Michael Hoffman is the CEO of See3 Communications, a firm that specializes in helping nonprofits leverage the new world of web-based video to get their messages out. See3 creates compelling content, repurposes existing content, and creates innovative distribution programs to advance nonprofit missions. See3 is also the developer of DoGooderTV, which has been dubbed a "YouTube for nonprofit." Hoffman is an expert in internet marketing and communications and is the former Institutional Grants Director for the New Israel Fund, a Washington DC-based organization that raises money for projects in Israel.

Robert West co-founded Working Films with Judith Helfand in late 1999. West, as curator of film and video at the Mint Museum of Art, Charlotte NC, from 1985 - 1999, directed a well known and highly respected media program that included a national independent film festival and national touring film programs, including Conflict & Peace: Recent Israeli and Palestinian Film. West was curator of Recollections: Lumbee Heritage, a unique traveling exhibit on NC Native Americans, that continues to tour the Southeast.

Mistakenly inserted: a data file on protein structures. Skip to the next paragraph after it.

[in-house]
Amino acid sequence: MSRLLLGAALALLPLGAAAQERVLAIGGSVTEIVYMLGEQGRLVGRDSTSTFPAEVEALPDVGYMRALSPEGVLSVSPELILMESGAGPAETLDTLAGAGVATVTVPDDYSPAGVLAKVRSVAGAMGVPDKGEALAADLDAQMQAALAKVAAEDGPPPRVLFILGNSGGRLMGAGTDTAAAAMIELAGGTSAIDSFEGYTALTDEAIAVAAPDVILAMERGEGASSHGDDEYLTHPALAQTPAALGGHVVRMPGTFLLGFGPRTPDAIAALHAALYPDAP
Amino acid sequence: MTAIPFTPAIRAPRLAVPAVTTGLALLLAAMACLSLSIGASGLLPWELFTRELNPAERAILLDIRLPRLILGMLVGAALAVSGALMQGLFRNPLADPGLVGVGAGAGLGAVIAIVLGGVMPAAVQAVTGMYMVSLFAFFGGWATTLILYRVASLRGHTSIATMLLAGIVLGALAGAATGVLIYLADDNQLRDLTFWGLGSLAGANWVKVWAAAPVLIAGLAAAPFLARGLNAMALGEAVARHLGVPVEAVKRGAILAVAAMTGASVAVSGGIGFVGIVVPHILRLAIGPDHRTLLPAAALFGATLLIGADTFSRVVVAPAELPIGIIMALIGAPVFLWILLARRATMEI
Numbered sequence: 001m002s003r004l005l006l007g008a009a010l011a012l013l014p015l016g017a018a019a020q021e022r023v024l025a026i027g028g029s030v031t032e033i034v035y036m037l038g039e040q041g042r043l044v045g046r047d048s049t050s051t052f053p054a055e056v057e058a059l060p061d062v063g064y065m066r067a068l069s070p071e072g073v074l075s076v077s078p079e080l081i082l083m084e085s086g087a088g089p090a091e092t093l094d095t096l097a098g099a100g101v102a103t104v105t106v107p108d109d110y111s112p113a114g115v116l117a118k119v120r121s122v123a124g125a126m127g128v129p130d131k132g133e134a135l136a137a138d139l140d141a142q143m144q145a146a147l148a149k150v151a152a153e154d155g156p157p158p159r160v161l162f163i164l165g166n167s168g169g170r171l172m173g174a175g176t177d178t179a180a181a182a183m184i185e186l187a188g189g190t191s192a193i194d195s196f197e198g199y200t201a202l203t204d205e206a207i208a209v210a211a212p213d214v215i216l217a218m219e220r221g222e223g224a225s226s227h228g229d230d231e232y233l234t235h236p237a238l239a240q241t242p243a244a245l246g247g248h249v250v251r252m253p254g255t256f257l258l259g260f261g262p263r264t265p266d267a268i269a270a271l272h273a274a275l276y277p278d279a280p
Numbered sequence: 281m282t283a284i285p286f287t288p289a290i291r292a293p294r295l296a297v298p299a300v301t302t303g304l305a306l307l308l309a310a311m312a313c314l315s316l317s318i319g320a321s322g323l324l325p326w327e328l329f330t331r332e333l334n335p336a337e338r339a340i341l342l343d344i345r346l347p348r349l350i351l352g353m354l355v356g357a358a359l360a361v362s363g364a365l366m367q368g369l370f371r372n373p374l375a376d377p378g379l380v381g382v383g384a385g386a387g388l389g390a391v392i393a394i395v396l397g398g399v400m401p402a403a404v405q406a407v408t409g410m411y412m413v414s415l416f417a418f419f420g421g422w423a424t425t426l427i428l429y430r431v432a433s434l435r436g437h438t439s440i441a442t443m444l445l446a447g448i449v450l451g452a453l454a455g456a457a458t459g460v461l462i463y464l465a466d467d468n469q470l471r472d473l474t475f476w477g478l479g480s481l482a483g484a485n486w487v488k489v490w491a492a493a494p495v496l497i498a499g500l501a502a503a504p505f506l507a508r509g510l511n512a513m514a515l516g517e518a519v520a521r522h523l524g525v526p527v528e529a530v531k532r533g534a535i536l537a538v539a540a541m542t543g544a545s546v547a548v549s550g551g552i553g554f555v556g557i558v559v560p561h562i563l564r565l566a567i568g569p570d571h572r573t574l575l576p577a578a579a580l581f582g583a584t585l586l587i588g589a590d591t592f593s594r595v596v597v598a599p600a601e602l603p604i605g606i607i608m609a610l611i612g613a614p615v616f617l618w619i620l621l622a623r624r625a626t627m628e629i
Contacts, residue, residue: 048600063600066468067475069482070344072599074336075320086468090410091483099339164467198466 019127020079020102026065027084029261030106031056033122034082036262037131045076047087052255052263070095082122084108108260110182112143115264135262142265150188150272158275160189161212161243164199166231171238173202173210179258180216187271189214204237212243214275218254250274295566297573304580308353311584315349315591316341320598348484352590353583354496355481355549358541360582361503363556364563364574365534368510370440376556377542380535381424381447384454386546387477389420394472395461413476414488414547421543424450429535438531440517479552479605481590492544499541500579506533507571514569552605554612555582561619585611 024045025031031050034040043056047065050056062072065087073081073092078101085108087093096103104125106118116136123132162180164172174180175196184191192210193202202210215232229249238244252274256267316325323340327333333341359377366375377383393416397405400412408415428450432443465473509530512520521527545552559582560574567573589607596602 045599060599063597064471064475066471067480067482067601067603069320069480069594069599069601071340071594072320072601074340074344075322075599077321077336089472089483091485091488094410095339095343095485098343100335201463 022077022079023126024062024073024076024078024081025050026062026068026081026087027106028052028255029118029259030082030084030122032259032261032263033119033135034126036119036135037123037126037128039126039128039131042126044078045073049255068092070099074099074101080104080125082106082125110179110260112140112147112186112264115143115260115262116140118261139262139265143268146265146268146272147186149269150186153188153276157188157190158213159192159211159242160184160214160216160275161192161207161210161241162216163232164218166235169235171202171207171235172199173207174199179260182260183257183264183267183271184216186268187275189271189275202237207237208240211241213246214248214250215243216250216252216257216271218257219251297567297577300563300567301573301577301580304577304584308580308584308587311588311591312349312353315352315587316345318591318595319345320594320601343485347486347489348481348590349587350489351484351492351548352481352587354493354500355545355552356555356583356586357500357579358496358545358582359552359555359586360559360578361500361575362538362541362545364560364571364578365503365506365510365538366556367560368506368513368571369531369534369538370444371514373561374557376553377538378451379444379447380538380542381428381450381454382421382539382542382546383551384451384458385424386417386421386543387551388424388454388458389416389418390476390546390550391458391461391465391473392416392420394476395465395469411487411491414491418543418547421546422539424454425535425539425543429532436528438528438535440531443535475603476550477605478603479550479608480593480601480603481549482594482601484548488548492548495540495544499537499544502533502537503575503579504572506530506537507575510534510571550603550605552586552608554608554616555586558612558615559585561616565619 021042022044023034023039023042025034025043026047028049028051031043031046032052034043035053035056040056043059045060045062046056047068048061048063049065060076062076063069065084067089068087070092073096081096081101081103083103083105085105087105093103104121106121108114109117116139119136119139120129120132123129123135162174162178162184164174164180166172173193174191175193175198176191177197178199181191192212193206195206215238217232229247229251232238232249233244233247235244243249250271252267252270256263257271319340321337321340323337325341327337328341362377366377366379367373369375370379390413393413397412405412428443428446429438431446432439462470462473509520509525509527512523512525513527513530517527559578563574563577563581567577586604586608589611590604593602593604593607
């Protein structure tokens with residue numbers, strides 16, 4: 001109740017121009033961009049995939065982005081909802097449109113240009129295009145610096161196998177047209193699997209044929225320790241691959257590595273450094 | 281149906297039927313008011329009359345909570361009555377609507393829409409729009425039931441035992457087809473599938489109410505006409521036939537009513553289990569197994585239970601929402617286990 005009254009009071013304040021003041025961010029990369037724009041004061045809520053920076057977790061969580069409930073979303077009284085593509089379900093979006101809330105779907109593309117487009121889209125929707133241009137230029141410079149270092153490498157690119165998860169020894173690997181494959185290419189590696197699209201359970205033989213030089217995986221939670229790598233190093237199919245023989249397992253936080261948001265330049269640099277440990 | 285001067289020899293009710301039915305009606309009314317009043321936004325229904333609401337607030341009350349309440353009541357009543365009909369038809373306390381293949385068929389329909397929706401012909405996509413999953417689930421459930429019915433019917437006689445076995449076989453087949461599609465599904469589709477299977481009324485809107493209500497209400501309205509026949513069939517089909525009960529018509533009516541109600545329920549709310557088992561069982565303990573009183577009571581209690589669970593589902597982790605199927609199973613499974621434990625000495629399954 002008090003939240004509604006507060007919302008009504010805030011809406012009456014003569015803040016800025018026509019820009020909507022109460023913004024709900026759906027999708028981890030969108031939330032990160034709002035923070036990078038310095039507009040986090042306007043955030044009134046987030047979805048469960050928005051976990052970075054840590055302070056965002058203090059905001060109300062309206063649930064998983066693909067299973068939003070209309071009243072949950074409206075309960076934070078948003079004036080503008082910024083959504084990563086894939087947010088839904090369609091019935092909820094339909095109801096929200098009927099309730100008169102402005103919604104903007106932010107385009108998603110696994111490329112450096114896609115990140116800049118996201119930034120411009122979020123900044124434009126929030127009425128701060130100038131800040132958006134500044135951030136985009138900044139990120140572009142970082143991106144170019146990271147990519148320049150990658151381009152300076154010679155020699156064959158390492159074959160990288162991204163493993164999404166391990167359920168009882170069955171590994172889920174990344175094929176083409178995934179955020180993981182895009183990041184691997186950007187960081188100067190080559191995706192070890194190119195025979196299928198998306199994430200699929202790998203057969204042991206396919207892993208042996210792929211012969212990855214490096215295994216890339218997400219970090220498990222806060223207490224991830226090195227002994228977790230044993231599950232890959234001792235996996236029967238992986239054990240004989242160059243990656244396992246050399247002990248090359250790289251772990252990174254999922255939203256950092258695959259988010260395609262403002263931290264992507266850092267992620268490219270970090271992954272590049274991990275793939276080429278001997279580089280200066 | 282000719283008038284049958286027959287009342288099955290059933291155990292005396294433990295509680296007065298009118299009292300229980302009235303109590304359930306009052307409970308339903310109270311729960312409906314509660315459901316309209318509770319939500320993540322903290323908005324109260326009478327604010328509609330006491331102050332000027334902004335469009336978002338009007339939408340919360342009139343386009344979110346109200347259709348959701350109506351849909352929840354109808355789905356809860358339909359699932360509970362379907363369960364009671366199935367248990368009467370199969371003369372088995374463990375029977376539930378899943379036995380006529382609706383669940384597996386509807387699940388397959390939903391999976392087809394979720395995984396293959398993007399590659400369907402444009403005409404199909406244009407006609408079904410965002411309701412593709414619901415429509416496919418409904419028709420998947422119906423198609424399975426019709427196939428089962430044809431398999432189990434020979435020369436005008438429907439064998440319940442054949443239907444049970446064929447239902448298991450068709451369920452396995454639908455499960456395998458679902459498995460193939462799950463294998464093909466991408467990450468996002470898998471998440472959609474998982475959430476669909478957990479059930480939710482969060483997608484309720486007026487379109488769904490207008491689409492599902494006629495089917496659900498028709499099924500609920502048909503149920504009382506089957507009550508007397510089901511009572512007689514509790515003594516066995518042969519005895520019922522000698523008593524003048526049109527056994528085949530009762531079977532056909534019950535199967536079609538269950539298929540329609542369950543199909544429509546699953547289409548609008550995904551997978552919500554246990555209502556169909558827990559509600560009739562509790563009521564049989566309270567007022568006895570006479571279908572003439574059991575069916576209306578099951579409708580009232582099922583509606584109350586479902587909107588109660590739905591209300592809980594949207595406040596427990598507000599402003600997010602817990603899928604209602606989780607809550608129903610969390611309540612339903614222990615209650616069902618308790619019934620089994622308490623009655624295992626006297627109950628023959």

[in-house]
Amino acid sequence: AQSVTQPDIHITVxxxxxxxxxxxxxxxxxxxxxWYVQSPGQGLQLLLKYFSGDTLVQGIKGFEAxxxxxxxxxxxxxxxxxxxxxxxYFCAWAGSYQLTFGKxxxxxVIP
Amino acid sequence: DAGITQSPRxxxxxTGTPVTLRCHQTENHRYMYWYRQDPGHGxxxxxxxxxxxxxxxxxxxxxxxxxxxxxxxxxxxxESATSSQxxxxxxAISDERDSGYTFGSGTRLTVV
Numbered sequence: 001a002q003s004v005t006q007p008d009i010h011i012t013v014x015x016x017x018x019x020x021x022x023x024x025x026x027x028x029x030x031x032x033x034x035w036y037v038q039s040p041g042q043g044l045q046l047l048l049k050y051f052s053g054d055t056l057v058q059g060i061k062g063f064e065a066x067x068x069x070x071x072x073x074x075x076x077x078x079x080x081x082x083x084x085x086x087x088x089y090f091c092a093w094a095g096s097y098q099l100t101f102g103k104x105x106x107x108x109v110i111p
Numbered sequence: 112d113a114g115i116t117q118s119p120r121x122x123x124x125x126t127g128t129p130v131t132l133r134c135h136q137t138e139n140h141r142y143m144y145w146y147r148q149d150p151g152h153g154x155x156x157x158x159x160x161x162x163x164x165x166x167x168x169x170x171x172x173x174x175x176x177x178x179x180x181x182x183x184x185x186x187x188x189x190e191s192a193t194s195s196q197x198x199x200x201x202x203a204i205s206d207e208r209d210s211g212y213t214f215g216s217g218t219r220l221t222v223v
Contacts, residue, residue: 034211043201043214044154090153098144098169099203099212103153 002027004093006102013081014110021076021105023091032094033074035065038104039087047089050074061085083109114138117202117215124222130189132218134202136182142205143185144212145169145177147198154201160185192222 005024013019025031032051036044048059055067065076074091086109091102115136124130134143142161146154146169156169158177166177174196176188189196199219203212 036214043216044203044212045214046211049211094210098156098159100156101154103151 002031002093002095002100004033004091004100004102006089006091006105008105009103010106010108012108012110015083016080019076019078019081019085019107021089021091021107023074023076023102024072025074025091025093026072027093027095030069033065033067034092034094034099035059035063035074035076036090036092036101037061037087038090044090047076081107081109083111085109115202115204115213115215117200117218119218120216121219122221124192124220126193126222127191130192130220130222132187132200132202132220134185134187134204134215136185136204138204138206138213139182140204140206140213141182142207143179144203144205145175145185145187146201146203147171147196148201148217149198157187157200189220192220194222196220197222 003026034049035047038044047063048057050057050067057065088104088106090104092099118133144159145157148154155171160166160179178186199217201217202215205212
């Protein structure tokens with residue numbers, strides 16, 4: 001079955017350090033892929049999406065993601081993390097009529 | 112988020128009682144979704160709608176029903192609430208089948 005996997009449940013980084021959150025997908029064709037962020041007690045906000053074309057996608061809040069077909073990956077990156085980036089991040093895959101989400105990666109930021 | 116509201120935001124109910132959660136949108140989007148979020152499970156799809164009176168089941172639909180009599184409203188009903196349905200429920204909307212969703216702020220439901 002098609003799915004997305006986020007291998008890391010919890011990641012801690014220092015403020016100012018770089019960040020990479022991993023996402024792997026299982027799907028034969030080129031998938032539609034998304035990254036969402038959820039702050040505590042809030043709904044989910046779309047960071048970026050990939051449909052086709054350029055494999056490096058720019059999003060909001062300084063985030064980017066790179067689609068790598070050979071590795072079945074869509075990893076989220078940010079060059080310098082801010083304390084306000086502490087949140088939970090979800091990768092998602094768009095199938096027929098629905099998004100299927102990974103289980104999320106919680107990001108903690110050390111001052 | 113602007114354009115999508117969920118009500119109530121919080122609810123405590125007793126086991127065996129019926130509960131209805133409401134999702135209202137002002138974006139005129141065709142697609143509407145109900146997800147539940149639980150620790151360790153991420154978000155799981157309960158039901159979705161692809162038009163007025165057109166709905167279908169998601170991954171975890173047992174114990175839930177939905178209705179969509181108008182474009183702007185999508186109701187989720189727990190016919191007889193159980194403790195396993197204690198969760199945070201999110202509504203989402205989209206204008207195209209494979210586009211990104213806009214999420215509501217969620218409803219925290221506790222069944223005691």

Louis Massiah is an independent documentary film maker whose films often explore historical and political subjects. A MacArthur Foundation fellow, his works include W.E.B. Du Bois - a Biography in Four Voices and Louise Thompson Patterson: In Her Own Words, a biography of the activist and organizer. His current project for public television, Haytian Stories, examines the complex relationship between the United States and Haiti. He has used the documentary as a tool for exploring community histories in The Bombing of Osage Avenue, on the 1985 Philadelphia police bombing, and as a producer/director of Power! and A Nation of Law?, two films for the PBS series Eyes on the Prize II.

Massiah is the founder and executive director of the Scribe Video Center in Philadelphia, a media arts organization that provides low-cost workshops and equipment access to emerging video/filmmakers. Aside from teaching at Scribe, Massiah has been a lecturer and resident artist at the Princeton University Atelier, Haverford College, and the University of Pennsylvania. He is a professor at American University in the School of Communication.